Apple has quietly delayed mass availability of its premium desktop again. At present the company offers to pre-order the new Mac Pro and get it in five or six weeks from now, sometimes in May. It looks like more than four months after the official launch date, Apple still cannot fulfill demand for the new high-end workstation.
Initially, Apple intended to begin volume shipments of its Mac Pro in December, 2013. Some fortunate owners even got their innovative workstations back last year, but many were told to wait until February, 2014. At present, Apple’s online stores in the U.S. and the U.K. note that Mac Pro workstations that are pre-ordered today will only be dispatched in five or six weeks from now, which means sometimes in May, perhaps, even in the second half of next month.
Apple Mac Pro sports a state-of-the-art cylindrical design that consist of numerous unique/non-standard components. The latter need to be produced to order, which means that shortage of just one piece made specifically for the Mac Pro by a contract manufacturer could ruin shipments schedules for the desktop. Besides, the system is assembled in the U.S., where manufacturing capacities may be comparatively limited compared to the large fabs in China that make MacBook laptops.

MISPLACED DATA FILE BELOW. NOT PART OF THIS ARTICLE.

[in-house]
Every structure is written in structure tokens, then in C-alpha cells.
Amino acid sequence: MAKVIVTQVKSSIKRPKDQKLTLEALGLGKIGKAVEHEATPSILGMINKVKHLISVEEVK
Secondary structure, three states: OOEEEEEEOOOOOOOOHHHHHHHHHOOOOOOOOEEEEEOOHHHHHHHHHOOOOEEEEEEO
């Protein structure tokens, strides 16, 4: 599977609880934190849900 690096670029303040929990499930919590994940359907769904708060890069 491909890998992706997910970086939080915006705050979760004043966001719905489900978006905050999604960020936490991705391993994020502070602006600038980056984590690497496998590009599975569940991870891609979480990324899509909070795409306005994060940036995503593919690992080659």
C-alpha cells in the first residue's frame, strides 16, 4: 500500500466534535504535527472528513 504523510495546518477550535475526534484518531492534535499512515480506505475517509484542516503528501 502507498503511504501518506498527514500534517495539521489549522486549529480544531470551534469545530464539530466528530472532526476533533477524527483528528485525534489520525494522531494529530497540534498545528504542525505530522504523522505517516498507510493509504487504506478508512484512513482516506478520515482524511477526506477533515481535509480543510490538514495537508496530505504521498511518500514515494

Since Apple has not upgraded its Mac Pro for quite a while, the demand for the new Mac Pro can be very high as professionals want higher-performing systems. However, persisting shortages that have existed for months are still pretty shocking.
Shipments delays are pretty common in the industry and they are not really surprising with the new Mac Pro. What is surprising is that Apple, which is renowned for its one of the world’s best supply chains, cannot solve availability problems for about four months now.
KitGuru Says: Apple will report its second quarter result sometimes in late April. During the conference call its head Tim Cook will likely share the shipments numbers and will likely note the success of the Mac Pro, in case the system is actually in so high demand that Apple cannot fulfill it. If he does not, then the reasons behind Mac Pro delays and shortages will remain completely unknown.